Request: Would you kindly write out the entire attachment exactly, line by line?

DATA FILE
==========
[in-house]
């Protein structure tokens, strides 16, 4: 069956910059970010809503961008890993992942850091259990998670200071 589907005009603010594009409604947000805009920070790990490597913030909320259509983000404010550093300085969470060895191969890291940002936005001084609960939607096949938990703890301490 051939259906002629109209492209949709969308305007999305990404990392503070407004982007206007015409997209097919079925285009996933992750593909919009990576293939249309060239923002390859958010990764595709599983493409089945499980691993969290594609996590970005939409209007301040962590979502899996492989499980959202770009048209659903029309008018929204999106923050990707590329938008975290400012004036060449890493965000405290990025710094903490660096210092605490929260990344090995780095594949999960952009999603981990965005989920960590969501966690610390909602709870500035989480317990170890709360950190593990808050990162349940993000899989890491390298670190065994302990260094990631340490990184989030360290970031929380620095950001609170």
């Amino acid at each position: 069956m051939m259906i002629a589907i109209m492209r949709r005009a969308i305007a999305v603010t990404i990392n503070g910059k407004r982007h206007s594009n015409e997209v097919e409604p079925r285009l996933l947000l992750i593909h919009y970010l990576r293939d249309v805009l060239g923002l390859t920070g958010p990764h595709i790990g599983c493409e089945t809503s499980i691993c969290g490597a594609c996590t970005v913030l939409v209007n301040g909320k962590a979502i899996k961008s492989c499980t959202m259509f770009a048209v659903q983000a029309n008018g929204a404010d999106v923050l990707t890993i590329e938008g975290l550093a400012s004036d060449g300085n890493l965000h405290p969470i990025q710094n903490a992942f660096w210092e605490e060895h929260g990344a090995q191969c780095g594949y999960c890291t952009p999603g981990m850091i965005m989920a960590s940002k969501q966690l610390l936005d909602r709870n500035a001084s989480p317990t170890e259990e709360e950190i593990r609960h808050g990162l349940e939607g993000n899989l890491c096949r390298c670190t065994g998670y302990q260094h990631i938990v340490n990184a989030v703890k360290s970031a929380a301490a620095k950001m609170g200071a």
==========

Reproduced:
[in-house]
């Protein structure tokens, strides 16, 4: 069956910059970010809503961008890993992942850091259990998670200071 589907005009603010594009409604947000805009920070790990490597913030909320259509983000404010550093300085969470060895191969890291940002936005001084609960939607096949938990703890301490 051939259906002629109209492209949709969308305007999305990404990392503070407004982007206007015409997209097919079925285009996933992750593909919009990576293939249309060239923002390859958010990764595709599983493409089945499980691993969290594609996590970005939409209007301040962590979502899996492989499980959202770009048209659903029309008018929204999106923050990707590329938008975290400012004036060449890493965000405290990025710094903490660096210092605490929260990344090995780095594949999960952009999603981990965005989920960590969501966690610390909602709870500035989480317990170890709360950190593990808050990162349940993000899989890491390298670190065994302990260094990631340490990184989030360290970031929380620095950001609170």
């Amino acid at each position: 069956m051939m259906i002629a589907i109209m492209r949709r005009a969308i305007a999305v603010t990404i990392n503070g910059k407004r982007h206007s594009n015409e997209v097919e409604p079925r285009l996933l947000l992750i593909h919009y970010l990576r293939d249309v805009l060239g923002l390859t920070g958010p990764h595709i790990g599983c493409e089945t809503s499980i691993c969290g490597a594609c996590t970005v913030l939409v209007n301040g909320k962590a979502i899996k961008s492989c499980t959202m259509f770009a048209v659903q983000a029309n008018g929204a404010d999106v923050l990707t890993i590329e938008g975290l550093a400012s004036d060449g300085n890493l965000h405290p969470i990025q710094n903490a992942f660096w210092e605490e060895h929260g990344a090995q191969c780095g594949y999960c890291t952009p999603g981990m850091i965005m989920a960590s940002k969501q966690l610390l936005d909602r709870n500035a001084s989480p317990t170890e259990e709360e950190i593990r609960h808050g990162l349940e939607g993000n899989l890491c096949r390298c670190t065994g998670y302990q260094h990631i938990v340490n990184a989030v703890k360290s970031a929380a301490a620095k950001m609170g200071a």